Roger Hunt, co-author (with Marianne Suhr) of the Old House Eco Handbook, looks at the various manifestations of damp and their basic causes
Wet walls are cold walls. Up to 40 per cent more heat is lost through a damp wall than a dry one so solving damp problems is vital to energy efficiency but, before jumping in and attempting to deal with damp, it’s worth understanding what’s going on. Dampness in old buildings has many origins so diagnosing the true cause and tackling the problem at source, rather than simply treating the symptoms, is key.
In old buildings, damp is often caused by the use of inappropriate modern materials and the subsequent inability of the historic fabric to ‘breathe’. Rising damp is the term routinely used when damp patches appear but, in reality, many damp problems relate to penetrating damp and increasingly, as we strive to thermally insulate buildings and make them more airtight, condensation.
Condensation on surfaces and the mould that results is frequently misdiagnosed. Condensation occurs when the water vapour in the air comes into contact with a cold surface and condenses, returning to a liquid. Water vapour is generated in any building through activities such as bathing, cooking and drying laundry. The more airtight the building, the fewer the number of air changes and the greater the relative humidity.
It’s worth noting that one particular type of mould is associated with condensation: Aspergillus niger. Appearing as a patch of small black spots, this mould prefers pure condensed water so is a good indicator that the problem is condensation rather than other forms of dampness. The key step to solving condensation is the provision of controlled ventilation. This may be as simple as opening a window for a short period or might require the installation of mechanical ventilation in the form of an extractor fan or a whole house ventilation system.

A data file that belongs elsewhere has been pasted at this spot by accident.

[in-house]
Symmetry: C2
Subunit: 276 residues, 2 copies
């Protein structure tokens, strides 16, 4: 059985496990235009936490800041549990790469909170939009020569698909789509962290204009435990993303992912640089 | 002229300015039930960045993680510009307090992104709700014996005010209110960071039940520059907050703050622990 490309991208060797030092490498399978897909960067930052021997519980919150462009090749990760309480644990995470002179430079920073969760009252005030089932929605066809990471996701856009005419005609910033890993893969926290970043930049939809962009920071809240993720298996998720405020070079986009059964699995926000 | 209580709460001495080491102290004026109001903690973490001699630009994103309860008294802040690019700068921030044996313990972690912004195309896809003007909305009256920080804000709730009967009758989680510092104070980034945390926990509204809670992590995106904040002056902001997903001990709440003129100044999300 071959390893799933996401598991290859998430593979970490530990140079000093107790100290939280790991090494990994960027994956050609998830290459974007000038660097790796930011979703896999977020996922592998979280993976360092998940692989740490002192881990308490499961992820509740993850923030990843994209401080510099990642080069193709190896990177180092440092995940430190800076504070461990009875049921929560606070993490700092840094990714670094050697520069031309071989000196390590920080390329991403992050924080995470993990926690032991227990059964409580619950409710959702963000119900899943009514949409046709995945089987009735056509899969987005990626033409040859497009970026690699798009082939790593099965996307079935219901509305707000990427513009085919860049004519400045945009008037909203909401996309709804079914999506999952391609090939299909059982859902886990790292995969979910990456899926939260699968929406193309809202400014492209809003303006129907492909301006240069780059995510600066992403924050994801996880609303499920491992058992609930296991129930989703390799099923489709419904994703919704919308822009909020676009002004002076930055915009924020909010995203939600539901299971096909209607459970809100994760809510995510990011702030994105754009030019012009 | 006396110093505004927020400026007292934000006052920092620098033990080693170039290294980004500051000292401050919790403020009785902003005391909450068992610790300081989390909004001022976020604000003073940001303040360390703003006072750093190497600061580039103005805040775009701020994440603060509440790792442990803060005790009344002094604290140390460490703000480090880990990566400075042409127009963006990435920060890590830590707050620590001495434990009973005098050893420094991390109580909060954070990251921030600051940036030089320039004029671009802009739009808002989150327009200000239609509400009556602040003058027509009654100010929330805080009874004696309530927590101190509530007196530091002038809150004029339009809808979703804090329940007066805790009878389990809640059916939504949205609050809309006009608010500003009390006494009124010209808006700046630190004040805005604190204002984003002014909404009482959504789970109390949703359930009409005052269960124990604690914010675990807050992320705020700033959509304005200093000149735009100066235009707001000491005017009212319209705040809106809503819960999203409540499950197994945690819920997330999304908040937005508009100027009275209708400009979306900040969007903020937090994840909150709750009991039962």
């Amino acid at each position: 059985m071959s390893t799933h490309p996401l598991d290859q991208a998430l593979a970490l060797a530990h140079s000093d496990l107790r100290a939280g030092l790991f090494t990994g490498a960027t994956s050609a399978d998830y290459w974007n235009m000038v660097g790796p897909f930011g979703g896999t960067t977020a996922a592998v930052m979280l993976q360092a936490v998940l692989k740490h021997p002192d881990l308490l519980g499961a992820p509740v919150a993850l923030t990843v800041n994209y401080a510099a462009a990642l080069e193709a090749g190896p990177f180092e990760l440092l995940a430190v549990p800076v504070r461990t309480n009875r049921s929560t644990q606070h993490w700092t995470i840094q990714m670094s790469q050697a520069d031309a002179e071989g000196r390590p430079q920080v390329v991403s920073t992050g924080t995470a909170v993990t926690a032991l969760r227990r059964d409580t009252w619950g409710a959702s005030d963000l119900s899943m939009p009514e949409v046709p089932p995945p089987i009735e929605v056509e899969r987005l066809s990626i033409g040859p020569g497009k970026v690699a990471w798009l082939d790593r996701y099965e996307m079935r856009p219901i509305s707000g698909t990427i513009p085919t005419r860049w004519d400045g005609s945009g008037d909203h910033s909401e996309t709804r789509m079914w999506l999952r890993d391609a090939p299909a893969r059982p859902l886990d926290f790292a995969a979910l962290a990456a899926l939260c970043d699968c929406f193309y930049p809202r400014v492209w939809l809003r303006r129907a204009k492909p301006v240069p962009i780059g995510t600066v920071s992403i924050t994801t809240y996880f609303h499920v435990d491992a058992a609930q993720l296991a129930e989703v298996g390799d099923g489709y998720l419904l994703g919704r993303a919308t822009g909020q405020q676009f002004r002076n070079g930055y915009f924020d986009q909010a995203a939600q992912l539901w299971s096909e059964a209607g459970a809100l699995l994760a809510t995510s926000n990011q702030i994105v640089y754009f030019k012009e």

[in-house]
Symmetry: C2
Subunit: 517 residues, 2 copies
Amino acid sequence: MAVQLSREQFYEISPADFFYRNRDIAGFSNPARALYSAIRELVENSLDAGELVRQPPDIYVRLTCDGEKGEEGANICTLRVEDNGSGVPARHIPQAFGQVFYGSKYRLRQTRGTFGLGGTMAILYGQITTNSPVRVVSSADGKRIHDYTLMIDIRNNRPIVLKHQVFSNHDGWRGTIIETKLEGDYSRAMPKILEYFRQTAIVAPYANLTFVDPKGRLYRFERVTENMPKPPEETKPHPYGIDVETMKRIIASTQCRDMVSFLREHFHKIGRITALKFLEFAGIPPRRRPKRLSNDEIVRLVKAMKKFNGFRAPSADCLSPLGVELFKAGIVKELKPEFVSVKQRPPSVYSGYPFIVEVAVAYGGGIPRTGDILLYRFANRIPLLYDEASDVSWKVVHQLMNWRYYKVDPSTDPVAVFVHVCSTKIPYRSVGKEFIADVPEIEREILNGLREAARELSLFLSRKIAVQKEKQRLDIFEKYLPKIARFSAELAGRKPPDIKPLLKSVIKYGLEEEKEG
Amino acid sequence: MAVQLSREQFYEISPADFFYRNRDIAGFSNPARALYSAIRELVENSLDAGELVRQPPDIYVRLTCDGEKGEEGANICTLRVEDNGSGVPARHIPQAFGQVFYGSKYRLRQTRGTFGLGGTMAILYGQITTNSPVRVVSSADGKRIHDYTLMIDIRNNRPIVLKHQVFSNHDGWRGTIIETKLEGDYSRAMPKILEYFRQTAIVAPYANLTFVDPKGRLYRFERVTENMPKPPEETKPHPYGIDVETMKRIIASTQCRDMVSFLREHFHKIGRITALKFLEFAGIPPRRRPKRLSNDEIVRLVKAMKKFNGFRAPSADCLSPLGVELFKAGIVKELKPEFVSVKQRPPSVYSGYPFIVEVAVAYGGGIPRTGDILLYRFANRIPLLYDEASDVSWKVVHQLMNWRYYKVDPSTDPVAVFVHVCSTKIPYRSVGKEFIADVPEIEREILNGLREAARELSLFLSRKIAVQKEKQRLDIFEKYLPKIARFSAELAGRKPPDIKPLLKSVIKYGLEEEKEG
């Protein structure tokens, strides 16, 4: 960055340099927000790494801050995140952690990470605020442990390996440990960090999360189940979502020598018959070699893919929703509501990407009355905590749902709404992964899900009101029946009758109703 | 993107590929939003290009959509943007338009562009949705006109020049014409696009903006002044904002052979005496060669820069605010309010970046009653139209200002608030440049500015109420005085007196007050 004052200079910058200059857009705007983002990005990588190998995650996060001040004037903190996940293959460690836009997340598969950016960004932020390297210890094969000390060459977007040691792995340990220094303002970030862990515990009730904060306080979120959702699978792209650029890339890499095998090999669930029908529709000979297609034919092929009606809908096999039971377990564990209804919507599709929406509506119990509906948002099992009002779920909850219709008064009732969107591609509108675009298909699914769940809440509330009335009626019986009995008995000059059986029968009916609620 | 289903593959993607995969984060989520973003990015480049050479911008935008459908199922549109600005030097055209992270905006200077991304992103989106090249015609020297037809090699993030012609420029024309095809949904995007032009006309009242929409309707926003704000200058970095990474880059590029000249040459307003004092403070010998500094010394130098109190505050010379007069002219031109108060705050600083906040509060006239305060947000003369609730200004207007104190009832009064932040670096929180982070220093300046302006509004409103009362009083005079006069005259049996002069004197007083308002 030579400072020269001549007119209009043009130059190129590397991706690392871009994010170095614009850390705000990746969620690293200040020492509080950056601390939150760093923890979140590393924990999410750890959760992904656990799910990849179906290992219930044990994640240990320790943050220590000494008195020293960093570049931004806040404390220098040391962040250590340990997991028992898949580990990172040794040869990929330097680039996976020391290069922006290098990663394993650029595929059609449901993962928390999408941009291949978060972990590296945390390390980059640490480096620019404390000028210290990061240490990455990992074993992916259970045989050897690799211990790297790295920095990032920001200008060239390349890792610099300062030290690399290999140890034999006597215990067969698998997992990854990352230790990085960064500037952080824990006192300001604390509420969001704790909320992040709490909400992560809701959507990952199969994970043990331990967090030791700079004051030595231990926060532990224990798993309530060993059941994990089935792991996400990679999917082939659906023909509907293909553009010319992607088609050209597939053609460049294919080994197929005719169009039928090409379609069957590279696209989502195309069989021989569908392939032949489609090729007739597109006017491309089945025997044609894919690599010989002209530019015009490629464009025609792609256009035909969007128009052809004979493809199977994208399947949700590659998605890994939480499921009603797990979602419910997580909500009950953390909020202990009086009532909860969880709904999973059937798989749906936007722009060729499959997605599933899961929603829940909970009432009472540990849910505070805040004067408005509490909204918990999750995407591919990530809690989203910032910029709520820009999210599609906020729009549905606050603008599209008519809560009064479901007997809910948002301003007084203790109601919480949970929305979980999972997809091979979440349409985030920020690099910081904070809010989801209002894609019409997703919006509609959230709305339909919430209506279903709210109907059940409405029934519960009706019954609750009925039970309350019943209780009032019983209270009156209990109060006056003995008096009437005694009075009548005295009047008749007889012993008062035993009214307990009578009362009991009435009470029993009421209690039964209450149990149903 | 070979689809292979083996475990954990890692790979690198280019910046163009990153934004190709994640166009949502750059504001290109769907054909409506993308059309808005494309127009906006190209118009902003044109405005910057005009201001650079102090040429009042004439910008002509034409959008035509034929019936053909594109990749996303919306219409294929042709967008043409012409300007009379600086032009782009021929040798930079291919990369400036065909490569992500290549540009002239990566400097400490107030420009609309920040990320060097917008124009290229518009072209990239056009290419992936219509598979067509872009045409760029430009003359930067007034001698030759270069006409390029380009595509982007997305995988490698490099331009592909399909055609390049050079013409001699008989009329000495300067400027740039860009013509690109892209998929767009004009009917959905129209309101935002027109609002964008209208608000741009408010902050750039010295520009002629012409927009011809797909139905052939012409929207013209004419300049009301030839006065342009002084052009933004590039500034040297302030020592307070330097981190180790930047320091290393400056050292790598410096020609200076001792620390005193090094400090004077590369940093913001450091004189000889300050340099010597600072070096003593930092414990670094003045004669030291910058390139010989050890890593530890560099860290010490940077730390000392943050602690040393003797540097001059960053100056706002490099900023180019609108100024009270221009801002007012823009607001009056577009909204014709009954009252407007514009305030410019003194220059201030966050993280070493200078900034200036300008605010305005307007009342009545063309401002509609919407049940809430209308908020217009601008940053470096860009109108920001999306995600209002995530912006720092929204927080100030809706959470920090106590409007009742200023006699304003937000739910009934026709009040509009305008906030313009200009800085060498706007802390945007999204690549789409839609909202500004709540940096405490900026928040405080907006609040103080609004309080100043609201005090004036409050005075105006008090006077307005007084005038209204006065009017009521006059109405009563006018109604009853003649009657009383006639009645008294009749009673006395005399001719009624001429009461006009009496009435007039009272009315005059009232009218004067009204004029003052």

Penetrating damp can also cause confusion because water sometimes tracks some distance through the fabric of a building from its original point of entry. It may be the result of building defects ranging from a missing roof tile or defective pointing to a rotten windowsill or leaking gutter or downpipe. High external ground levels, defective junctions between roofs and parapet walls and even plumbing leaks may also lead to penetrating damp; problems can be exacerbated by hard cement renders and pointing that traps the moisture.
Rising damp is often more complex. Many building continued to be built without damp-proof courses until well into the twentieth century but the breathability and natural equilibrium of the fabric kept moisture in check. Dampness may be the result of excessive natural ground water or because of a leaking drain or water pipe. Often it’s because modern interventions have changed the way the building works. For example, impermeable surfaces such as driveways or paths have been laid to butt up against the base of a wall or a concrete floor slab has been poured internally, trapping moisture and forcing it upwards through the only escape route: the walls. Again, dealing with the cause of the problem is generally the solution rather than injected damp proof courses or other modern ‘cures’.
Blocked gutters and missing pointing will cause penetrating damp
Damage resulting from condensation
Hard surfaces butting up to walls can lead to rising damp
A few missing tiles may be the origin of penetrating damp
Roger Hunt is an award winning writer and blogger specialising in sustainability, old houses, housebuilding and traditional and modern building materials. He is the co-author of Old House Handbook and the companion volume Old House Eco Handbook.